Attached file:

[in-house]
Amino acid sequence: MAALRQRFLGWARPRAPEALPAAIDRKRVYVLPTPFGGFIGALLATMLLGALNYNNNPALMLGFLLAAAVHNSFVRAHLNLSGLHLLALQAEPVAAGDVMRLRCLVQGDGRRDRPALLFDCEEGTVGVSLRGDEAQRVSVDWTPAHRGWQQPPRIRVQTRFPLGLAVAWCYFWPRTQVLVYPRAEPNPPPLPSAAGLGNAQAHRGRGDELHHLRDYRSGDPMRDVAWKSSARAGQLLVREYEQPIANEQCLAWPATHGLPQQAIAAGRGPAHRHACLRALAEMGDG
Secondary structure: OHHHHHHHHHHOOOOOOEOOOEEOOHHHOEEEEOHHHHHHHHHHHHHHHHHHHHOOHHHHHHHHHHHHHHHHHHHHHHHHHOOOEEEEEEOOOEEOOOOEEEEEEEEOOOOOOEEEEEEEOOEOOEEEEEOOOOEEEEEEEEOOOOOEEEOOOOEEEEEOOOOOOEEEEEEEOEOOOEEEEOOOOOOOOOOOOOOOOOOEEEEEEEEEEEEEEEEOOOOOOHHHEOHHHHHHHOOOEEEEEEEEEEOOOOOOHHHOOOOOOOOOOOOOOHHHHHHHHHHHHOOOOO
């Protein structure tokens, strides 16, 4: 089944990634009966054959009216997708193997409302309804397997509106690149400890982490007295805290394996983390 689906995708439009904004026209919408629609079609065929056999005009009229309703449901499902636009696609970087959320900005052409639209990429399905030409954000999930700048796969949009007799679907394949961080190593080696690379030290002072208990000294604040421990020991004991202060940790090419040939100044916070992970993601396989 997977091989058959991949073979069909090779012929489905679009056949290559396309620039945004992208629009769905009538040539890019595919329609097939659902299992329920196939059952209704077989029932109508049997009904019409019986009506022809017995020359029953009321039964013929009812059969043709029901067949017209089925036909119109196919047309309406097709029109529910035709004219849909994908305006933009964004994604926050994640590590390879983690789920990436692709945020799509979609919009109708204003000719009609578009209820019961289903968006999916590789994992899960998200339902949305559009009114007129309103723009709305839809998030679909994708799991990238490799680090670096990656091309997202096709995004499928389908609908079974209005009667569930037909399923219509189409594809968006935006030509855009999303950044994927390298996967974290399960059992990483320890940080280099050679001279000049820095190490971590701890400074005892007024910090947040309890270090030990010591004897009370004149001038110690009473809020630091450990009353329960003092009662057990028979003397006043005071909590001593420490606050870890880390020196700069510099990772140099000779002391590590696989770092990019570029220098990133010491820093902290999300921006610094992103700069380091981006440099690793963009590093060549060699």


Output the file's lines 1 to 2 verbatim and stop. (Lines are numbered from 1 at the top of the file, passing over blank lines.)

[in-house]
Amino acid sequence: MAALRQRFLGWARPRAPEALPAAIDRKRVYVLPTPFGGFIGALLATMLLGALNYNNNPALMLGFLLAAAVHNSFVRAHLNLSGLHLLALQAEPVAAGDVMRLRCLVQGDGRRDRPALLFDCEEGTVGVSLRGDEAQRVSVDWTPAHRGWQQPPRIRVQTRFPLGLAVAWCYFWPRTQVLVYPRAEPNPPPLPSAAGLGNAQAHRGRGDELHHLRDYRSGDPMRDVAWKSSARAGQLLVREYEQPIANEQCLAWPATHGLPQQAIAAGRGPAHRHACLRALAEMGDG